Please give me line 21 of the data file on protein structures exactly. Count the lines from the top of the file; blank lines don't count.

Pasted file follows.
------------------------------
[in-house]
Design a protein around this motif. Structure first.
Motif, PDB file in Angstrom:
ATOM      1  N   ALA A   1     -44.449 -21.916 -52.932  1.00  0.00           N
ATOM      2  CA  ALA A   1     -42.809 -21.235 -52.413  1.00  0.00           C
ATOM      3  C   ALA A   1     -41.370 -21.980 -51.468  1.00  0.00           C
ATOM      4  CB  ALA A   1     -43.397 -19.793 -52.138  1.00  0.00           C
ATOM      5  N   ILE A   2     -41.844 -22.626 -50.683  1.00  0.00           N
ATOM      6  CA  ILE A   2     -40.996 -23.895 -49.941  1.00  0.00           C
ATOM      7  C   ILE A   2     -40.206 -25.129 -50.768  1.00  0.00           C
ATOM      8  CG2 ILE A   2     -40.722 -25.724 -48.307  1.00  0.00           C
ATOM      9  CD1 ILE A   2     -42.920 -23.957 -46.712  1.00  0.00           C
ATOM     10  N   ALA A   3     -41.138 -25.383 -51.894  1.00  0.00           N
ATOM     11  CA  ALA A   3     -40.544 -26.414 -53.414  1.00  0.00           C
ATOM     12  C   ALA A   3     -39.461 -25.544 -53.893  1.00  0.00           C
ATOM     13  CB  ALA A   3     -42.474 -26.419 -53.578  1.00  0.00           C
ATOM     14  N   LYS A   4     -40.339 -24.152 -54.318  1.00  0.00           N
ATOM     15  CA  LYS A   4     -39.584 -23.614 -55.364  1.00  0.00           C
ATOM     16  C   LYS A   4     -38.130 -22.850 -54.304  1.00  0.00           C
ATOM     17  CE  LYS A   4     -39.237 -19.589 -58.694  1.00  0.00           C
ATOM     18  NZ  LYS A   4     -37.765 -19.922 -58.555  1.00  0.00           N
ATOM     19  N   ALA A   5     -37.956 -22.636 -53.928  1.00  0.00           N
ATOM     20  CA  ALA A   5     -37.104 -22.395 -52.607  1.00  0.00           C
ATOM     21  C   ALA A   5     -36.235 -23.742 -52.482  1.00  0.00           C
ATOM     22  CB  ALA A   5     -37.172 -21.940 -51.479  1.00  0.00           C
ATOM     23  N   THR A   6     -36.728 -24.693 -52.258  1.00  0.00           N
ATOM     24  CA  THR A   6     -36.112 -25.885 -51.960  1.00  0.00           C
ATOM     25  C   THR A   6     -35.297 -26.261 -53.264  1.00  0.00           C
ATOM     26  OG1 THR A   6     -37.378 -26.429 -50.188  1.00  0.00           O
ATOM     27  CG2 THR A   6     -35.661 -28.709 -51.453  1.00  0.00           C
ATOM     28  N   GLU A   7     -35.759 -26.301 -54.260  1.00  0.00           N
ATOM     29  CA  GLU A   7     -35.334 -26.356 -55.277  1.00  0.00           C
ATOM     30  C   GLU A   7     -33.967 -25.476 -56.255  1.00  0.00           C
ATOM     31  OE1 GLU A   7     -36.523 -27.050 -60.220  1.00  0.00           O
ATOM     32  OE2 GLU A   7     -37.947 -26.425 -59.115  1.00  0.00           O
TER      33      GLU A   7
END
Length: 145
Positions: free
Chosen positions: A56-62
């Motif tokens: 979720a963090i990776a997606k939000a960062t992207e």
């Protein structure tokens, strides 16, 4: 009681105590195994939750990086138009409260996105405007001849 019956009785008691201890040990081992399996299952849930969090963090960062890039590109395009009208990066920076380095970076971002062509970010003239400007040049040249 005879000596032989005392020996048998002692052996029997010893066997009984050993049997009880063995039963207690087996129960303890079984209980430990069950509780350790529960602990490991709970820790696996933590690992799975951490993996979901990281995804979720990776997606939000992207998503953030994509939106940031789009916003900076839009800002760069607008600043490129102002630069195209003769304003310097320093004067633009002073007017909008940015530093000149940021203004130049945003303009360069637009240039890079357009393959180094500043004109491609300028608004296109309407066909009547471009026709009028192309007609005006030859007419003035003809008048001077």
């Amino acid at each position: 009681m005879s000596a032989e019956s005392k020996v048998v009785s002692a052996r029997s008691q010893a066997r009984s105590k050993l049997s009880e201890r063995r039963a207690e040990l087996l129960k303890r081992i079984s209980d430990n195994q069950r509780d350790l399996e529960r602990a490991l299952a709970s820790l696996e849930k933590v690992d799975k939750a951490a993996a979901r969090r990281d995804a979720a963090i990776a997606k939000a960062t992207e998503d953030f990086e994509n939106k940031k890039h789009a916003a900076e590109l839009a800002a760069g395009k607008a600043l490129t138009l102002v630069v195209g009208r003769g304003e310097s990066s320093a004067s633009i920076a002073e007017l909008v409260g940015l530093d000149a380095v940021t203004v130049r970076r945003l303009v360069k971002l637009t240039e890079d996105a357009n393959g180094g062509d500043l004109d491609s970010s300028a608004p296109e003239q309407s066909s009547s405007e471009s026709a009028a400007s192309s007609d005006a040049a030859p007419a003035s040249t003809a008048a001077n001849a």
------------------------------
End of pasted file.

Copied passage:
ATOM     18  NZ  LYS A   4     -37.765 -19.922 -58.555  1.00  0.00           N